Joanne Fluke has managed to retrieve this series from the abyss where she took it with Cherry Cheesecake Murder. Hannah is not as irritating in this story and Mike and Norman are both shown to be thoughtful and kind, making it more understandable why she can't decide between them. The mystery, even though it jumps around at times, makes sense and isn't far-fetched. Hannah, unfortunately, talks indiscriminately at the end of the story, which really isn't in line with her character, but I suppose that was so Fluke could end the book. Over all, a very good read and I'm once again looking forward to reading future installments in this series.
Joanne Fluke needs to decide how her characters are going to develop, before she continues to drag this out any longer. Hannah Swenson and the other denizens of small-town Lake Eden, Minnesota started out as engaging characters with interesting quirks, but as the series of books progresses, the characters do not.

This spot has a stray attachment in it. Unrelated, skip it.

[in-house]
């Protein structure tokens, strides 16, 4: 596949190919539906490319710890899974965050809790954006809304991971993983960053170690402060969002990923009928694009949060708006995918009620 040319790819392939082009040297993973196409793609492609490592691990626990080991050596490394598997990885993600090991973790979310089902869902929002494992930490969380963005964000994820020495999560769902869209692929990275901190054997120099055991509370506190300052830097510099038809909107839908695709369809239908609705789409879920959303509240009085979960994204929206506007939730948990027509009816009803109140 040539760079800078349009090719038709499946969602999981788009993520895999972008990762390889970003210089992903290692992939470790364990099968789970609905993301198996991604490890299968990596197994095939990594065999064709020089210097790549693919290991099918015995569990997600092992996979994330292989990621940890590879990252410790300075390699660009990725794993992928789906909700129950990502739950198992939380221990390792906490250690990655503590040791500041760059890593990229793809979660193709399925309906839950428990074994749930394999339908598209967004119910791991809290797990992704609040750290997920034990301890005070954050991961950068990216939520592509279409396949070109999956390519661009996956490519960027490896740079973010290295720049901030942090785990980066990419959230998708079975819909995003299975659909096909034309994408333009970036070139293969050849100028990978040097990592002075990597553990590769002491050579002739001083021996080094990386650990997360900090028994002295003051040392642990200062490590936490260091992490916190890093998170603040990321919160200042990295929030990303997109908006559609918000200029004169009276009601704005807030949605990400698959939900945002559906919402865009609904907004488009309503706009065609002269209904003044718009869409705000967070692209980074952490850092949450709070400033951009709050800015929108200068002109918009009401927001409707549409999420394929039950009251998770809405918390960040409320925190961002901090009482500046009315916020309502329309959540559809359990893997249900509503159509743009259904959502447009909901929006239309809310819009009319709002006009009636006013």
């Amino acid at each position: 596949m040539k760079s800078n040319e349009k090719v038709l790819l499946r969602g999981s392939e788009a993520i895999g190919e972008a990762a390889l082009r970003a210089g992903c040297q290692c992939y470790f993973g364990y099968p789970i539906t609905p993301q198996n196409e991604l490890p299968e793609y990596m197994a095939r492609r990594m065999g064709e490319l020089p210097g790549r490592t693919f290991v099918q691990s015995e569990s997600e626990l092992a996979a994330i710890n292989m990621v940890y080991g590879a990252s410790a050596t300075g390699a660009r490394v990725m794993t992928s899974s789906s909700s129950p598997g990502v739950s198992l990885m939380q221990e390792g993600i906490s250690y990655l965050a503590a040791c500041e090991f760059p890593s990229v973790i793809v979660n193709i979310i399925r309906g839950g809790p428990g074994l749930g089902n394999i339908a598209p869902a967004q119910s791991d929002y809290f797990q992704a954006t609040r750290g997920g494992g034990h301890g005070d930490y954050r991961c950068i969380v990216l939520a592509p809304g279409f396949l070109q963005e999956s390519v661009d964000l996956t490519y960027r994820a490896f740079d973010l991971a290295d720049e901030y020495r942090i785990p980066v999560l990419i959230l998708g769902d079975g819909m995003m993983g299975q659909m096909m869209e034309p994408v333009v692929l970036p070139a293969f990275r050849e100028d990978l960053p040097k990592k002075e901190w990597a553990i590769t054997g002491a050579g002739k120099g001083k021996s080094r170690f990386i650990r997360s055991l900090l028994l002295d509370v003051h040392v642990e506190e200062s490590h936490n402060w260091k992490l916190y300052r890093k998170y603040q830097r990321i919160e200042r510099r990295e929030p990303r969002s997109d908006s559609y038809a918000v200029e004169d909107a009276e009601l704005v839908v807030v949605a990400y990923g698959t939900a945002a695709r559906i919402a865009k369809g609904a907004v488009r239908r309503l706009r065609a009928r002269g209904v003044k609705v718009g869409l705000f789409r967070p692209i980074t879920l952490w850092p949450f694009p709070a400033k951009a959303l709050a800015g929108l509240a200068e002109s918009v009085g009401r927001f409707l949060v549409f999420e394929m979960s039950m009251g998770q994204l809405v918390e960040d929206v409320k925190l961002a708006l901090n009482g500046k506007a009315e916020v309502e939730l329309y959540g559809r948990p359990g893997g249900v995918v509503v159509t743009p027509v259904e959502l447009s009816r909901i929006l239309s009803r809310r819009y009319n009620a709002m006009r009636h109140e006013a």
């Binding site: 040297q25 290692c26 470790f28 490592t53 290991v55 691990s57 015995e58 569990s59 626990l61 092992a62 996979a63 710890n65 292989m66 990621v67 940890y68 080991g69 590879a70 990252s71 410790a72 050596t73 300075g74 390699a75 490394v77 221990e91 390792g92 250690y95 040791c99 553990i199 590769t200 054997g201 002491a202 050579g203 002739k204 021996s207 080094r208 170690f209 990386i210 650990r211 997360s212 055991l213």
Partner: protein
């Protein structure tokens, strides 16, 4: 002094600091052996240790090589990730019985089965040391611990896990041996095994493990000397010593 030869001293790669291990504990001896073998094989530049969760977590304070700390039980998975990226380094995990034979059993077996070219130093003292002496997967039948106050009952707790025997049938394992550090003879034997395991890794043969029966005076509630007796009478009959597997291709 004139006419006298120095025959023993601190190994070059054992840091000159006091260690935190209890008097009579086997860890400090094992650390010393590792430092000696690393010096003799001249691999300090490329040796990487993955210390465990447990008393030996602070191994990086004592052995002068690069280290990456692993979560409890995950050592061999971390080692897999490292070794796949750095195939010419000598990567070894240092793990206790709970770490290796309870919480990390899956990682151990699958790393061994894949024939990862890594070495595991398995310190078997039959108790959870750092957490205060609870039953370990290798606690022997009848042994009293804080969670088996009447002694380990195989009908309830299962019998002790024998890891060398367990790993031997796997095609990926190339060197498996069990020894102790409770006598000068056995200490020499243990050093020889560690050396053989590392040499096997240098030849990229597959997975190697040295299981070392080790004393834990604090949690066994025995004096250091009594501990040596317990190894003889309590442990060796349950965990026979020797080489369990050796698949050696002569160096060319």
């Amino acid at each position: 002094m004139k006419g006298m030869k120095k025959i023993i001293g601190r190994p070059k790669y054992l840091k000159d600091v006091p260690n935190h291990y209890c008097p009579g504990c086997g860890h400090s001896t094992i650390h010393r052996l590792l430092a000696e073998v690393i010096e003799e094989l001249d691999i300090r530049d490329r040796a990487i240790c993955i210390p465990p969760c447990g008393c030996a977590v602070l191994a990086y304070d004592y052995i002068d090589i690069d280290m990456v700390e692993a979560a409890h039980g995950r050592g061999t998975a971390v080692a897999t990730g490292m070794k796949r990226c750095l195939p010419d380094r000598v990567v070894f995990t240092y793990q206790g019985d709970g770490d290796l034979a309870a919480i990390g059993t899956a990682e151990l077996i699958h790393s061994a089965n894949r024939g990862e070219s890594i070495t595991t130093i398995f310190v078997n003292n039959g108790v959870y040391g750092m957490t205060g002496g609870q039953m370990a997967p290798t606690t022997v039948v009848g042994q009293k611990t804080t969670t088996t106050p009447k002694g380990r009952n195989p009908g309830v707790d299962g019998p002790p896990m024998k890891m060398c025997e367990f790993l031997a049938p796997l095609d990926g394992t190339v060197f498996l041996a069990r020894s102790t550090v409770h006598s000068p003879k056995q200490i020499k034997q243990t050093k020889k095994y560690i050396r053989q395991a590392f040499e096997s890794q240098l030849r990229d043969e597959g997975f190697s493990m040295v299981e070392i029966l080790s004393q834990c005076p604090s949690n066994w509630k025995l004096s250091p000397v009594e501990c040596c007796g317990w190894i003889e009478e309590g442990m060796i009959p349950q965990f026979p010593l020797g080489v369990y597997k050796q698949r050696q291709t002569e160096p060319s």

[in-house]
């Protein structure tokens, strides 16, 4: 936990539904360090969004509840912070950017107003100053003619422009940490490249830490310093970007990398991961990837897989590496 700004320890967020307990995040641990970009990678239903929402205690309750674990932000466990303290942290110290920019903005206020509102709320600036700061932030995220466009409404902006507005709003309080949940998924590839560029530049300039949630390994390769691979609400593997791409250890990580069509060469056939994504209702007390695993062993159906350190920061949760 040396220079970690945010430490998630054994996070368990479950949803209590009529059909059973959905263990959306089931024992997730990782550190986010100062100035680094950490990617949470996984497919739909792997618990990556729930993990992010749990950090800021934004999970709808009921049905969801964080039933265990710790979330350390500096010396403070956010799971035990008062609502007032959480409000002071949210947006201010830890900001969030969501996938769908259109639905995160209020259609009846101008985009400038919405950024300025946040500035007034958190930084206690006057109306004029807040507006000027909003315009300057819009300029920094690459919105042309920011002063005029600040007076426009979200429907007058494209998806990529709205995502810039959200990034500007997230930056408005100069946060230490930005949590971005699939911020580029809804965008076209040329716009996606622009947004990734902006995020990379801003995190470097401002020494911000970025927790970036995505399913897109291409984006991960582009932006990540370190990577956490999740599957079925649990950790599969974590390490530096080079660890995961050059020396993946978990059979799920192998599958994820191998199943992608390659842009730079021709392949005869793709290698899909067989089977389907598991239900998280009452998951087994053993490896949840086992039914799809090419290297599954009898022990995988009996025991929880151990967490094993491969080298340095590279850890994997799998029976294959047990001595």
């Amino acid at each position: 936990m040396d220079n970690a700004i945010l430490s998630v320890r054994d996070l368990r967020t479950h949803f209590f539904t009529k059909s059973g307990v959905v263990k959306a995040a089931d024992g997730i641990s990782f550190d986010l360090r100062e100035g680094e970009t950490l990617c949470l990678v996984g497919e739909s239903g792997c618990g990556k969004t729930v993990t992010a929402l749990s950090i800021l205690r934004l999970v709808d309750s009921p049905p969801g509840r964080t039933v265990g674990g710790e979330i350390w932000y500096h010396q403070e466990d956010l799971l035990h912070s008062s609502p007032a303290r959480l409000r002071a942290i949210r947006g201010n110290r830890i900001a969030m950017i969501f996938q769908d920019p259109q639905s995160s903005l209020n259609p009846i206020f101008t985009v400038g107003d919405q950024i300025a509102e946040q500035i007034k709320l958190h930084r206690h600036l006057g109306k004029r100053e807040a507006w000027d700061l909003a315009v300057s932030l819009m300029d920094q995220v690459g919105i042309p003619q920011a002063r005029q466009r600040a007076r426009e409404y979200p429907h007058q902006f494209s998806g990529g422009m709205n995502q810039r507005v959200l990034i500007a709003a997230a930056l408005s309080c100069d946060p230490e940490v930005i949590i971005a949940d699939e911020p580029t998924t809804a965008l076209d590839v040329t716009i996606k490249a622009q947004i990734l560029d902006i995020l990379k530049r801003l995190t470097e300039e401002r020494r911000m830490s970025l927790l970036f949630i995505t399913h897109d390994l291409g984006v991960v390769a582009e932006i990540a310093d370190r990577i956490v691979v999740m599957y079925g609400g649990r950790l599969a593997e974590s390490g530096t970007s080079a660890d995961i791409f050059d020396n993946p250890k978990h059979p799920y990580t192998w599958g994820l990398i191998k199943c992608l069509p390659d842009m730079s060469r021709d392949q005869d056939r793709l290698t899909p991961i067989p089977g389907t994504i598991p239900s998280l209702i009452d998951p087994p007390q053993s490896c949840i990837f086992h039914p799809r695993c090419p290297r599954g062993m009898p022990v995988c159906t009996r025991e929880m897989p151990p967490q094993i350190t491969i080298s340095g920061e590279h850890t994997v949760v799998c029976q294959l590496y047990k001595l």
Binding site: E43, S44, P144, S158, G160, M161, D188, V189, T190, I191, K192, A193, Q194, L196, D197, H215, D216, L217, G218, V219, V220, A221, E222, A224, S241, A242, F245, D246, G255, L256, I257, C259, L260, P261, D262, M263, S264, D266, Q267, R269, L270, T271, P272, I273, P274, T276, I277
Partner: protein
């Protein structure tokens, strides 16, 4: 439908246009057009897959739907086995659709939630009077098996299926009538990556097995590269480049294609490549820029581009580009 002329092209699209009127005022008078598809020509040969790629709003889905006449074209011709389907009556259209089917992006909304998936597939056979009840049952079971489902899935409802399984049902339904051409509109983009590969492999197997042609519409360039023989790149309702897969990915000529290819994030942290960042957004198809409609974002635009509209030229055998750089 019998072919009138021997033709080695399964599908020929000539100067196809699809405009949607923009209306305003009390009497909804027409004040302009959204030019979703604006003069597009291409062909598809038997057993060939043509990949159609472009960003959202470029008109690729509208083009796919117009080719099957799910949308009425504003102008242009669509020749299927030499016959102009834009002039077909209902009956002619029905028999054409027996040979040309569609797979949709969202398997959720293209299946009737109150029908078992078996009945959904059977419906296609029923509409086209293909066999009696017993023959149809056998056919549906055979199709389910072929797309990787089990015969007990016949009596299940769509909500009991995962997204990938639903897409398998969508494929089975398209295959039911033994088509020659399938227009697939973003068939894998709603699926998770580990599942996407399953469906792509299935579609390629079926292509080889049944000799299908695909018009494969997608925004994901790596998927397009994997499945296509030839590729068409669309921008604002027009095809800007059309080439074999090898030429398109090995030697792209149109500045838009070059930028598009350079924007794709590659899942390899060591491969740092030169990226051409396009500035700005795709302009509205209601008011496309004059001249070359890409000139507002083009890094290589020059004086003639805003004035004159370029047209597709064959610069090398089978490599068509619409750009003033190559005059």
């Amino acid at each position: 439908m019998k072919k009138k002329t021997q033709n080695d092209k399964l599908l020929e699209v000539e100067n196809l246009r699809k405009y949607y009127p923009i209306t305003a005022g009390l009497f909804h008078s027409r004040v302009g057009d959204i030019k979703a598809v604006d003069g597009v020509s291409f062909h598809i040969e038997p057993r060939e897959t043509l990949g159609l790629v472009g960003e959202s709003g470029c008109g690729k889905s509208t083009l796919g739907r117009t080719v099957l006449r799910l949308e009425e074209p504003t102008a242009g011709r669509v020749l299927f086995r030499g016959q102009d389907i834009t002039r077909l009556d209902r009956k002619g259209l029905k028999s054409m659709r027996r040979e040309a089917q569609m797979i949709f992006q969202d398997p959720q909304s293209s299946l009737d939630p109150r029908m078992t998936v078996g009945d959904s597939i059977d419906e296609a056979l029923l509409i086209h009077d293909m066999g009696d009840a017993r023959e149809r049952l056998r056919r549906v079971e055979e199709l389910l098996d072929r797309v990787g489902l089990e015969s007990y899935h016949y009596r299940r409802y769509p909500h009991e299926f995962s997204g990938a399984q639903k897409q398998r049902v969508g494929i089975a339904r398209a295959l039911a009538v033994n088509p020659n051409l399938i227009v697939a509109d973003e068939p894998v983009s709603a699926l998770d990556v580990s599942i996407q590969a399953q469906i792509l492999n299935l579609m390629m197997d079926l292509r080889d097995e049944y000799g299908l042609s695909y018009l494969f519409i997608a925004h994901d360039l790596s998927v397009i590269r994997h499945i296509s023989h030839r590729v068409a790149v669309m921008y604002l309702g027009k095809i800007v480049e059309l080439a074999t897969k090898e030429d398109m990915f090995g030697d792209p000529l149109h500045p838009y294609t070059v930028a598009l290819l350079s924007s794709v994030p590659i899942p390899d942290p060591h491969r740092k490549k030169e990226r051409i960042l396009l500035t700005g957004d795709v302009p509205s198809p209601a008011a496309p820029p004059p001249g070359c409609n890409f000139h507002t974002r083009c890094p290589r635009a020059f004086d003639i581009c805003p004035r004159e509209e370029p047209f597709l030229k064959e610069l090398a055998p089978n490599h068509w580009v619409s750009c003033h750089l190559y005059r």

The mystery in this book was a little better conceived than Fluke's last, but only a little. The books seem to be less and less about the mysteries, and more and more about establishing Lake Eden as some sort of utopia.
Where else can a "chunky" 30-something woman with frizzy red hair have three men falling over themselves for her attention? How often does it happen that every member of the main characters family, her friends, and her friends' families JUST HAPPEN to win everything in sight? How plausible is it that the stated reason for her to be "sleuthing" is to prove to the whole town that she is more clever than the police (who happen to be her boyfriend and brother-in-law)?
Hannah had a lot of trouble staying awake during this story. She's not the only one.